If you're just hanging around the city and don't mind using transit and doing a bit of walking, you're truly better off avoiding a car rental at O'Hare. Not only is renting expensive, visitors are often surprised to find just how bad Chicago traffic can be. Or how tough (or expensive) parking can be, particularly in any neighborhood near the center of town or on the North Side, near the lakefront. In addition, rentals here can get very pricey at peak times, with a whopping eight taxes and fees piled atop each base rental fare. Quoted $80 per day for an economy car? (Don't laugh, that's what the O'Hare Enterprise location quoted us on an upcoming summer weekday.) Eighty dollars is ridiculous on its face, but the fun really begins when you realize that on top of that, you'll pay nearly $40 in tax. Bottom line: If you can avoid renting at O'Hare, do so – or at least wait until you're in town, where local rental offices don't carry so many of those crazy surcharges that the airport locations are required to levy. If you can't live without wheels, head down to the lower level outside of baggage claim, where rental agency shuttle buses congregate.
Two words: Tortas Frontera. Two more words: Rick Bayless. There is a lot of food at O'Hare, some of it is not half-bad. But there's really only one truly great place to eat – this outstanding Mexican sandwich joint from one of Chicago's most popular chefs. From delectable cochinita pibil (Yucatan-style pork) to simple but delightful breakfast sandwiches, Bayless and his team find a way to make airport dining not only good, but darn near memorable, too. Well-sourced food from solid local sources, tasty aguas frescas plus better-than-they-have-to-be margaritas and good guacamole make this one stop shopping for happy. Best of all, there are now three locations inside the airport – Terminal 1 (B Concourse), Terminal 3 and, as of last month, Terminal 5. Wherever you are, Tortas Frontera is just a short walk. (Short by O'Hare standards, anyway.)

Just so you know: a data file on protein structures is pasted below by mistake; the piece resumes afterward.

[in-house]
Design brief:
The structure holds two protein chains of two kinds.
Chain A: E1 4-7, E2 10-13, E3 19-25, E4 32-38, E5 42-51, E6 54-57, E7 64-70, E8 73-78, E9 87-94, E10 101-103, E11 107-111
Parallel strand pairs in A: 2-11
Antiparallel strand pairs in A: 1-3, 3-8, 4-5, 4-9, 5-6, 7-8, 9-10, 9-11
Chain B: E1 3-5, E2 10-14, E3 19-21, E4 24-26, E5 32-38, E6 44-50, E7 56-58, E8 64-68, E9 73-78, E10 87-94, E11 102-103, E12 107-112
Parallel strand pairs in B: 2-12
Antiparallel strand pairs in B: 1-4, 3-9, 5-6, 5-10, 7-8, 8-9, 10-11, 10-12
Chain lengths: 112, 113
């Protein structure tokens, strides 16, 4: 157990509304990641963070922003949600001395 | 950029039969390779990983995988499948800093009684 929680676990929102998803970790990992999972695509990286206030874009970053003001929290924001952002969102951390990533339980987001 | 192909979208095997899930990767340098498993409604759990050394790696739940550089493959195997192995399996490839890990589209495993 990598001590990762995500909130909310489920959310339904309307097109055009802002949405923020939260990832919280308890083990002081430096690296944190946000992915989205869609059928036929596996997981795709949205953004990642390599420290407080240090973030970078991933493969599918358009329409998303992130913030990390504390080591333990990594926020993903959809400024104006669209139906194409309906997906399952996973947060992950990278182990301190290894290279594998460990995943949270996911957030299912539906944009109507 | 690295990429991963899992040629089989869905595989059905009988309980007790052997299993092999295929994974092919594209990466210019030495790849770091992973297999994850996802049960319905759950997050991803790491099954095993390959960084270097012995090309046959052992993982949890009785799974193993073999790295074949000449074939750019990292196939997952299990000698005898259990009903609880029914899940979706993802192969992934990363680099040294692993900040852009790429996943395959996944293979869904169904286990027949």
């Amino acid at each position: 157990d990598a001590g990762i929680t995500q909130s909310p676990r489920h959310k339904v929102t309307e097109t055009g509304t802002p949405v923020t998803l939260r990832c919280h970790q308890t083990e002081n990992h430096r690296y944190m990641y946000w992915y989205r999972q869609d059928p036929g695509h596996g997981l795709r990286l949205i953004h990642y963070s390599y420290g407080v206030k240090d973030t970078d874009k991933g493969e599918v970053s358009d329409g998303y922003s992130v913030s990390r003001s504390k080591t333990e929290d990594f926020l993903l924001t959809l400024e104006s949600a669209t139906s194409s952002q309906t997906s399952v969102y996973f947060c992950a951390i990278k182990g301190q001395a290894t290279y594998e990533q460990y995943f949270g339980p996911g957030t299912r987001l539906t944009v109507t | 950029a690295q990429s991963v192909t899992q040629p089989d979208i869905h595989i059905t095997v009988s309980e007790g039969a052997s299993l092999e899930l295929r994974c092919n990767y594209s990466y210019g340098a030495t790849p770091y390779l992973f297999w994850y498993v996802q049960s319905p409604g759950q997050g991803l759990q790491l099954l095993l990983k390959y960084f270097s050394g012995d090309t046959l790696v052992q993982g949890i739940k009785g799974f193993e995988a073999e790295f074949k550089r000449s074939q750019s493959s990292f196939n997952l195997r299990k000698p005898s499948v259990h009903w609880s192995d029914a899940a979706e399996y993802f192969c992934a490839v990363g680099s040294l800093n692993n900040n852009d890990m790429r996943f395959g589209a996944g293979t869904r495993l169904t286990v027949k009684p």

Where to go drinking
There are plenty of places to grab a cold beer – the Berghoff Café (Terminal 1, Concourse C) always seems to have a couple decent regional beers on tap, that's a great place to start; but if you're looking for something a little more sophisticated, the recently-opened Beaudevin wine bar (also at Terminal 1, Concourse C) is worth seeking out. Comfortable bar stools, an almost-elegant chandelier, a player piano and lots of wines by the glass will have you forgetting all your airport-related troubles. Over in Terminal 3, Bubbles Wine Bar is similarly grown-up and worth a visit.
For a better class of Chicago memorabilia, there are two good options – the Chicago Historical Society Gift Shop in Terminal 3 and the Field Museum Store in Terminal 1. Or, you could just hit up Garrett Popcorn Shop (Terminals 1 & 3) for a Chicago souvenir that won't last long, but will taste very good. For proper shopping, keep your eye on Terminal 5, currently undergoing quite the transformation with shopping center giant Westfield at the helm. Expect Fifth Avenue / Rodeo Drive quality brands, along with iconically Chicago edibles (and drinkables) at Intelligentsia Coffee and Vosges Haut Chocolate. If you're not flying in or out of T5, the airport's landside People Mover automated train will bring you there.